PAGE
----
That was a far cry from the .096 (10-for-104) the team hit with runners in scoring position in its previous 13 games, illustrating Yost's point about the cycles that are always working within baseball on a daily basis.
Prince Fielder's recent performance adds similar support for Yost's theory. Fielder went through a stretch where he was 0-for-13 in three games, and then immediately began his current hitting streak, which he extended to 11 games with an RBI single in the first inning on Friday night.
"He's seeing the ball really well," Yost said of his first baseman. "It's the same with any good hitter. When you're not seeing the ball well, it just jumps on you so fast. You start getting jumpy, your hands start coming forward a little and you start coming forward in your stance.
"You're always late on balls or you're always early, but when you see the ball well, everything slows down. That's where he's at right now -- seeing the ball really well."
When asked if there was a trigger that causes a hitter to see better at the plate, or anything specific that got Fielder back on track, Yost attributed it to another natural occurrence in baseball.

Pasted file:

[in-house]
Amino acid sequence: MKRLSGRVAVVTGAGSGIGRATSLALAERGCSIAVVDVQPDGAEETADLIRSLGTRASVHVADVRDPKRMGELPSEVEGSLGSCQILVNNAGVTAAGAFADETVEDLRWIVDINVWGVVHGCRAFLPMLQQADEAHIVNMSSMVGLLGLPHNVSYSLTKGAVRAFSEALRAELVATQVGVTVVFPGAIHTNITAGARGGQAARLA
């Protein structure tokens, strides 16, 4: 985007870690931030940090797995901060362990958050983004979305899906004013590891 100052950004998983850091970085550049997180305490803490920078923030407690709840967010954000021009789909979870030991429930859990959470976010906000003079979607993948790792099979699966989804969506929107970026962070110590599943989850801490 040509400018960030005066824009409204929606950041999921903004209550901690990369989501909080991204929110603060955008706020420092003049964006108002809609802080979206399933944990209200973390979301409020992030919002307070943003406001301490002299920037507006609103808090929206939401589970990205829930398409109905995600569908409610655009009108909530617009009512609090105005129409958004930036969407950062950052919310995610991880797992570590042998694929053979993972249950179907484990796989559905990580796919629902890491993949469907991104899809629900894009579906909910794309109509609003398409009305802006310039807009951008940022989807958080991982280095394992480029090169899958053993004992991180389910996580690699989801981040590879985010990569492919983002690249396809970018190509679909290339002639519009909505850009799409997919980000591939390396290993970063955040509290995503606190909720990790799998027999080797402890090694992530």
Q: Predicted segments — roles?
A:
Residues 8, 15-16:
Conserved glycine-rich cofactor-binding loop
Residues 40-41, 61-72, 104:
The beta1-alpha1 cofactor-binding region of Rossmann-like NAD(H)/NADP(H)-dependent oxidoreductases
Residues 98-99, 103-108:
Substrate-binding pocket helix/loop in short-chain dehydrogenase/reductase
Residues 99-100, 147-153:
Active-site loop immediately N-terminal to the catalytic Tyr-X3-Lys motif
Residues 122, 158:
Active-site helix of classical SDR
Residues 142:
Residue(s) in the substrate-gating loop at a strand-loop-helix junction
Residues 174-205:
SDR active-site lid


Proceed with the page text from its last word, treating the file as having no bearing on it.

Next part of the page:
"It's just the life of an athlete," Yost said. "There is no pill that you take, nothing that somebody says to you that will make you see the ball better; it's just a cycle. The good hitters are the ones who can keep that cycle very small, they can keep that period where they struggle to see the ball very short."
Craig Counsell, who was back in the starting lineup on Friday, turned a hot streak into more playing time.
"You definitely try to ride the hot hand, and he's been playing well," Yost said. "We were struggling trying to get runners on, and Counsell had a good on-base percentage, works the count and took advantage of the opportunity."
Counsell carried a .351 on-base percentage into play on July 13, and since then, he's started seven of the past 12 games in which he's appeared. With Counsell in the starting lineup, it means players such as Bill Hall and Russell Branyan have received less playing time, but Yost knows this is a tough thing to avoid.
"Nothing is concrete in the last two months of the season," Yost said. "I'm always worried about keeping everyone sharp if they aren't playing every day. It's a constant worry. You have to use guys so they aren't overused, but they don't get stale either.
"It's a very difficult part of the job, but we're trying to win every game."